Douglas Stone and Sheila Heen have written a book that offers a sensible approach to anyone who wants to enjoy a more meaningful life. Their book examines the ideal response to give to any type of constructive criticism. The book’s primary message concerns the recommended thinking for the recipient of such criticism. According to Stone and Heen, that recipient ought to focus on thinking positively.
The opening phrase in that book’s two-part title highlights the nature of the recommended response. Here is that phrase: Thanks for the Feedback. In other words, the two authors have put-forward a most unusual suggestion. The two of them have suggested that the target of any constructive criticism ought to be thankful for those decidedly pointed remarks.
To the average person, that simple suggestion can seem like a huge challenge, especially if the received feedback has been given following performance of an action that was meant to be helpful. Typically, the act of helping others is viewed as one that can inject more meaning into the life of the person who has chosen to be helpful. Yet, if that offered action has not been appreciated, then it fails to accomplish that goal. It is for that reason, that it becomes difficult to say these two words to the giver of constructive criticism: Thank you.
The readers of the text by Stone and Heen should learn that remarks that relate to performance of an act do not have to be viewed as demeaning. In fact, such comments ought to be seen as a statement that serves to underline the value of the person who was the target of the constructive criticism. Development of the skill that is known as positive thinking stands as a meaningful accomplishment, one that allows a person to ascertain the sometimes hidden value in clearly-stated criticism.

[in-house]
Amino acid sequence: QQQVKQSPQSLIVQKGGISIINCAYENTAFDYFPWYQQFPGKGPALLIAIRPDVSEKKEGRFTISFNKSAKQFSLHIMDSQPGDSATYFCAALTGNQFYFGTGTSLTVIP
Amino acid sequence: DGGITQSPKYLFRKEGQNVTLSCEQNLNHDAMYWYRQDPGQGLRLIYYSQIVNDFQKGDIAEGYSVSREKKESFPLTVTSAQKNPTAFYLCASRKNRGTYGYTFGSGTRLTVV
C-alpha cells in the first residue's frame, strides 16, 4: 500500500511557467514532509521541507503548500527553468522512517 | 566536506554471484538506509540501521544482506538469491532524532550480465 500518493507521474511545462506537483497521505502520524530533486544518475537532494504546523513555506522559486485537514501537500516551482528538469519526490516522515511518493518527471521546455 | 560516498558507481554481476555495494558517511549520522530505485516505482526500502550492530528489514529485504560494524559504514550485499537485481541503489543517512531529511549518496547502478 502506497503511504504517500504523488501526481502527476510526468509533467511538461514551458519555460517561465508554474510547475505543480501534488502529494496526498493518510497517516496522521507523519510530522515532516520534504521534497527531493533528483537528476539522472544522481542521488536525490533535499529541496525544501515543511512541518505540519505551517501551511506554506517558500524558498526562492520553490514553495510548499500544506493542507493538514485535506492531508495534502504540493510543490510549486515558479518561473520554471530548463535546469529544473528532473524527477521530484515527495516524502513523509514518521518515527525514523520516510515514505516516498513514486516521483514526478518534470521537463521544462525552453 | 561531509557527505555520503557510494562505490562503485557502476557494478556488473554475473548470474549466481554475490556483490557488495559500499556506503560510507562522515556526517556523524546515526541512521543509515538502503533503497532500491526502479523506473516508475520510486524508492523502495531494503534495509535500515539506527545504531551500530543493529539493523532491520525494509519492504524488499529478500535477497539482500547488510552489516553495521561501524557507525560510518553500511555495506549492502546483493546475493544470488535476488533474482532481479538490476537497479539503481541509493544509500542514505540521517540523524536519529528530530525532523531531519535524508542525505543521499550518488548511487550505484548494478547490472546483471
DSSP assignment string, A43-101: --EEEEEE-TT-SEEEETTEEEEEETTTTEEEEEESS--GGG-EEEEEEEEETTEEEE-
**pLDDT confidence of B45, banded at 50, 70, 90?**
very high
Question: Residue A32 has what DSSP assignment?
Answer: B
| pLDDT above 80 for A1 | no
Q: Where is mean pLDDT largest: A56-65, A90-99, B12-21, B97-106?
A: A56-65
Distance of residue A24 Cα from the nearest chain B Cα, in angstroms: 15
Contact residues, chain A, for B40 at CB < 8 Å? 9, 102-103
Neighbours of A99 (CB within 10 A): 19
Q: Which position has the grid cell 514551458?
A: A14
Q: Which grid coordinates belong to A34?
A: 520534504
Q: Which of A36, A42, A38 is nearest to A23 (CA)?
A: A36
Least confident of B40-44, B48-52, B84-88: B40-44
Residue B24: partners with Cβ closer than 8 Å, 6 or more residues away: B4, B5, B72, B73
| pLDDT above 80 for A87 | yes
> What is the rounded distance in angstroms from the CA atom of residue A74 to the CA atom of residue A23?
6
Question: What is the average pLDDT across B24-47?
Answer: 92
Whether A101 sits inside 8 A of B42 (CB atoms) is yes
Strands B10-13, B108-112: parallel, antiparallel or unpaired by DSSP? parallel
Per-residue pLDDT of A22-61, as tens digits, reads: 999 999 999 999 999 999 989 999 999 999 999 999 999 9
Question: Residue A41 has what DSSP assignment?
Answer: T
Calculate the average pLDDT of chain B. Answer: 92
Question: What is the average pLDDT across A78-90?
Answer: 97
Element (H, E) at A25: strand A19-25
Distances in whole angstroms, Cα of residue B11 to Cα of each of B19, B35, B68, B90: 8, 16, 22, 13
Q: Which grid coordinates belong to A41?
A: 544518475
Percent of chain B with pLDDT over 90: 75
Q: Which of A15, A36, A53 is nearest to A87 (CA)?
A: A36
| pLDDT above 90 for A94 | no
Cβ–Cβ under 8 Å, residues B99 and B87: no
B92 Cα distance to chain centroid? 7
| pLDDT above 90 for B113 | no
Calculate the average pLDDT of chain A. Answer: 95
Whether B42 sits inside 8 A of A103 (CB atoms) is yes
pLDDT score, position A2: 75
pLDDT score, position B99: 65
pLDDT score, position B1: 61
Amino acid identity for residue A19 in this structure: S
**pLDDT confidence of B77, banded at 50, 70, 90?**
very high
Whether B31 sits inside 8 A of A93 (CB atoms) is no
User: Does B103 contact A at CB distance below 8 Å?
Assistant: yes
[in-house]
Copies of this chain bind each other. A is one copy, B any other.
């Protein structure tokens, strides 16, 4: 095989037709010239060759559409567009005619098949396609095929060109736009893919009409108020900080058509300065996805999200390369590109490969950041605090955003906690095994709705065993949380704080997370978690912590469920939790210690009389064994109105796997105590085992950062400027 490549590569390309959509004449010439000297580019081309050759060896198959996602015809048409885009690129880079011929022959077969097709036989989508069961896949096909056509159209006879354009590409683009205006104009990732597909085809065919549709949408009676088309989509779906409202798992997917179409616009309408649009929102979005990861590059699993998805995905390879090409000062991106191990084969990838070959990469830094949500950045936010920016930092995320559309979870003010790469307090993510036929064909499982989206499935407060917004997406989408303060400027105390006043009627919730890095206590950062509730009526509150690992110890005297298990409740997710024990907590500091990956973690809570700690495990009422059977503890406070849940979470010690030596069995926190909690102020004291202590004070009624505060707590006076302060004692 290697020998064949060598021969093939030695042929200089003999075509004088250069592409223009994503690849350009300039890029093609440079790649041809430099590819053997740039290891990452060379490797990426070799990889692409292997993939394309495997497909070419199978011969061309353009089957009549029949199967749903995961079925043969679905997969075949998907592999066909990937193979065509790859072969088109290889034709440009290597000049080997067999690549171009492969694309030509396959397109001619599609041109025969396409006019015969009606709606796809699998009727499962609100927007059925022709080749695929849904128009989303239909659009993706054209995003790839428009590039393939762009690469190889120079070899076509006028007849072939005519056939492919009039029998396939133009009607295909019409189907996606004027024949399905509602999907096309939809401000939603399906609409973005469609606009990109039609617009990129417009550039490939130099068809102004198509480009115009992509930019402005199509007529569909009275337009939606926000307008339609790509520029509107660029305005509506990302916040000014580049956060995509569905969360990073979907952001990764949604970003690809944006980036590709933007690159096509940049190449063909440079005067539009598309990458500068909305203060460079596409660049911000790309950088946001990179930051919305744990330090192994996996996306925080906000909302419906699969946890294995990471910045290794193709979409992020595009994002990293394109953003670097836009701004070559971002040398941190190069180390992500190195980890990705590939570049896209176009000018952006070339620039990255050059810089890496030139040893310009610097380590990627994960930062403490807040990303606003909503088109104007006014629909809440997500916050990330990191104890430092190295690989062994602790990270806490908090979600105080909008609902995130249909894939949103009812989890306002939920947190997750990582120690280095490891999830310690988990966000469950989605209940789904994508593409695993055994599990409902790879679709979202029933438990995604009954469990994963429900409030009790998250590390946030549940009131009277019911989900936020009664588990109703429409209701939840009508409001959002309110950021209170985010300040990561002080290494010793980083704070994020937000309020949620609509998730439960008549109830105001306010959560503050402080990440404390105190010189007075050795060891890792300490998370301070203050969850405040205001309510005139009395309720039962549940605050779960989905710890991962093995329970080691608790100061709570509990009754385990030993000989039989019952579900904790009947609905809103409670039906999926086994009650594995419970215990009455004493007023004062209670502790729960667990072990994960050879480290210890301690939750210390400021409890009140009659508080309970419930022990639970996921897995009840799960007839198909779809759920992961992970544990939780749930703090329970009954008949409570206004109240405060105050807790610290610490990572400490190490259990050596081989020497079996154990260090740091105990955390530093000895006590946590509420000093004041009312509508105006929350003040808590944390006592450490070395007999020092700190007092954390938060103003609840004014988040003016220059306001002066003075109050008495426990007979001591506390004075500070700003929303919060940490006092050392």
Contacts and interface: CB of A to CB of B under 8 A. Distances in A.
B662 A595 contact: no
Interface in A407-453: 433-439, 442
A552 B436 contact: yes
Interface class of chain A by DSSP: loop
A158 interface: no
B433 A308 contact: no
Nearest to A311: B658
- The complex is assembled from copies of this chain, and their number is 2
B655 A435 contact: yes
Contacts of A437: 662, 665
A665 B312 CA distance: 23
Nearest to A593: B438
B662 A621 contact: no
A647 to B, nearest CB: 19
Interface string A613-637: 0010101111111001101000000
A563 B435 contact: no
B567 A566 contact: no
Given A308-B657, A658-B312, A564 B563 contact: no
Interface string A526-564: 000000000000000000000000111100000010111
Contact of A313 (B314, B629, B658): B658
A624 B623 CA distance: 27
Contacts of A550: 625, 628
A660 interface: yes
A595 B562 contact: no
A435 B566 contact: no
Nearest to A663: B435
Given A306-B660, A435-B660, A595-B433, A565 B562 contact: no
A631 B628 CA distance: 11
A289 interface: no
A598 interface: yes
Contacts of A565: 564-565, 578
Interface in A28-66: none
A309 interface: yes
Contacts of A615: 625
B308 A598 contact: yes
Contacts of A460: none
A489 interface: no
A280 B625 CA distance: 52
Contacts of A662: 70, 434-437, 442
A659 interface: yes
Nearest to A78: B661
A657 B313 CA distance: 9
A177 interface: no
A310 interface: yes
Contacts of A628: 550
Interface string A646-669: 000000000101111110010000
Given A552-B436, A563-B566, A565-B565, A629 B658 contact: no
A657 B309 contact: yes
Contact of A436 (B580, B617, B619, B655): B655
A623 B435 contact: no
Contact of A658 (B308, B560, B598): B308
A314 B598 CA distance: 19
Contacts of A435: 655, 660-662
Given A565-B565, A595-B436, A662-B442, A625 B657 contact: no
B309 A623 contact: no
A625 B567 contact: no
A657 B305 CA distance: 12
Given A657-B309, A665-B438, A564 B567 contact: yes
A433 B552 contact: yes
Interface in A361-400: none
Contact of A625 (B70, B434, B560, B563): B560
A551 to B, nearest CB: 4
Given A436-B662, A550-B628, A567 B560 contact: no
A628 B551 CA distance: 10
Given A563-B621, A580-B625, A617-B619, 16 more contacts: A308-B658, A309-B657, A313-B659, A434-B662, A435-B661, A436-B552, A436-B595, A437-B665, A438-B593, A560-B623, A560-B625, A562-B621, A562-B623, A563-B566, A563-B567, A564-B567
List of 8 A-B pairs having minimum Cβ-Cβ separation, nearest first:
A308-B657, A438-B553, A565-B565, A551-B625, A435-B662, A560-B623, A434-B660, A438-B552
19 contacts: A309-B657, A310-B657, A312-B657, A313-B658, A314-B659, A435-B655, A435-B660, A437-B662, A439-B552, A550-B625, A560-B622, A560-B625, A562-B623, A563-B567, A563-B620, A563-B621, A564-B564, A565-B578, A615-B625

The person who has learned how to think positively does not take-on blame for the mistakes made by an entire team. By the same token, the person who has become skilled at thinking positively does not refuse to acknowledge a mistake, choosing instead to shift the blame to others. In both instances, the target of the constructive criticism has failed to examine each aspect of the offered feedback. Usually, the failure to take that approach invites the type of thinking that allows the offered remarks to accumulate unwanted nuances and interpretations, the way a snowball gathers snow, as it travels down a slope.
That is not a healthy situation, and is one that ought to be avoided. It encourages the belief that a given mistake has managed to bring-on a catastrophe. The person who has formed such a belief has been turned-away from the path that leads to discovery of a more meaningful life.
Now, while the second half of this text (The Science and Art of Receiving Feedback Well) does not make mention of advice for the critique-maker, such advice can be found between the books’ two covers. In fact, one piece of advice really resonated with this writer, a grandmother who was once a parent. That one piece of information concerned the ideal means for linking praise and criticism.
Such a linkage can prove quite useful, when a parent wants a son or daughter to work-on developing certain virtues. Literature that is meant to guide such a parent recommends the praising of a virtuous act, followed by the word “but,” and then a reference to a virtue that must be developed further. According to Stone and Heen, that suggestion was insightful, and it also needs to be altered a bit, in order to get the targeted child thinking in a more positive fashion.
Notice that in the above statement the praise was followed by the word “and,” rather than the word “but.” The use of “and” aids the formation of a more positive-sounding comment. It helps to open the door to realization of the fact that the person targeted by that particular comment remains valued. Such a realization then aids formation of the type of thinking that allows a person to continue to make progress on the road that leads to enjoyment of a more meaningful life.
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